This year’s Symposium focused on the fact that requests for shorter treatment times along with a growing number of patients with risk factors place greater demands on dentists and available technology. Correctly assessing osseointegration and implant stability and is key in successful implant treatment. Using traditional methods such as torque and percussion tests are not suitable for monitoring osseointegration, it requires a more advanced diagnostic tool, such as Osstell.
Dr Marcus Dagnelid gave the audience a solid background on the Osstell technique and the Osstell ISQ Scale. He followed up with a few cases highlighting the importance of using Osstell in his practice, especially when immediately loading a single tooth. Dr Dagnelid ended his presentation with a resonating comparison stating, “ISQ is the GPS for your dental implants.”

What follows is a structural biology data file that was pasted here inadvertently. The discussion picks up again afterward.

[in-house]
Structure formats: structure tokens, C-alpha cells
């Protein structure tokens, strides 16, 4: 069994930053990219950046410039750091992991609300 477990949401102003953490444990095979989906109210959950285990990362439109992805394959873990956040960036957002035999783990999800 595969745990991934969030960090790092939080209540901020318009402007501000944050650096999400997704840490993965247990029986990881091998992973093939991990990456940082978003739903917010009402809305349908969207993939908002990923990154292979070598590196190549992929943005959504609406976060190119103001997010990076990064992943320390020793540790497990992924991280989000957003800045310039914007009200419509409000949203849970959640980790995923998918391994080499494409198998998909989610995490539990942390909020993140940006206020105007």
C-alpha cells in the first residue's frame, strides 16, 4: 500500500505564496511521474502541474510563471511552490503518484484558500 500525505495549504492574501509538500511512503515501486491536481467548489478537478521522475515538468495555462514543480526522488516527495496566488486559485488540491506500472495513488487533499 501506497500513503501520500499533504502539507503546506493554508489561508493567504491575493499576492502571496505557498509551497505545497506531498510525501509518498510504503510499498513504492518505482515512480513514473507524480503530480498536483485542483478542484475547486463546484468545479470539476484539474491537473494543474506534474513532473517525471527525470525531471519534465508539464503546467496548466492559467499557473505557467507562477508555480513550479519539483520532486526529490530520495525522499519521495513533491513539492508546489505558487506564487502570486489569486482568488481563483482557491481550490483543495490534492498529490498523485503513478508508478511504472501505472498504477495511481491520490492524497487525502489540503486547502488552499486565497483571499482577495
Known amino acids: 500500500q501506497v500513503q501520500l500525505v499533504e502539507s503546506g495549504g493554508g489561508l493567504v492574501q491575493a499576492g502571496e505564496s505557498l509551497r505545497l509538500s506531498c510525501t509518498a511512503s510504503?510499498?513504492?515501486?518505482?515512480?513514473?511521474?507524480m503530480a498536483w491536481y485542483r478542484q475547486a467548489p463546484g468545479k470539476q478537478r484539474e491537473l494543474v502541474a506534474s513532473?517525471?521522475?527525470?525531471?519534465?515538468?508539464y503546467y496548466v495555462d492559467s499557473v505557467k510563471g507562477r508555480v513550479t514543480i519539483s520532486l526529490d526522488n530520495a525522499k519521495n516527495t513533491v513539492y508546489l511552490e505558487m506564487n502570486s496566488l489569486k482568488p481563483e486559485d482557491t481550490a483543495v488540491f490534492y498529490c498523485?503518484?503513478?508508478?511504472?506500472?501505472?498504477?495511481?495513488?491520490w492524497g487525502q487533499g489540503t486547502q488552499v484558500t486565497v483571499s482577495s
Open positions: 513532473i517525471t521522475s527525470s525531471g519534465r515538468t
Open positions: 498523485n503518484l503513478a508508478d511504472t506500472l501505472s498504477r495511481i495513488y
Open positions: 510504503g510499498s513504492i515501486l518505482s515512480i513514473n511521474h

Professor Peter Moy’s presentation was very interactive and engaged the audience on what they would do in the cases he presented. He addressed in his presentation that without the ISQ value, there is no way to know the implant is stable or to confidently load the implant. Professor Moy stressed the necessity of using Osstell in order to get the best possible outcome for the patient.
Professor Daniel Buser shared his application of ISQ values in his study with early loading of implant placed with sinus floor elevation to show the reduction in treatment time from 8 months to 8 weeks. He talks about how he uses ISQ values as a guideline to be on the “safe side” and to avoid premature loading.
After the presentations concluded, the speakers then answered questions from the audience using slido.com. The interactive format allowed for everyone to ask their own questions and get personal responses from the speakers. The discussion between the speakers was lively, appreciated and well received by the attendees.
Prof. Daniel Buser, University of Bern, Switzerland
Dr Marcus Dagnelid, Dagnelidkliniken, Sweden
Prof. Peter K. Moy, UCLA, USA
These prominent speakers represent more than 30 years of combined experience with Osstell and the ISQ scale in daily practice.The method they use enables them to reduce treatment times and to make treatment outcomes more predictable for patients with risk factors.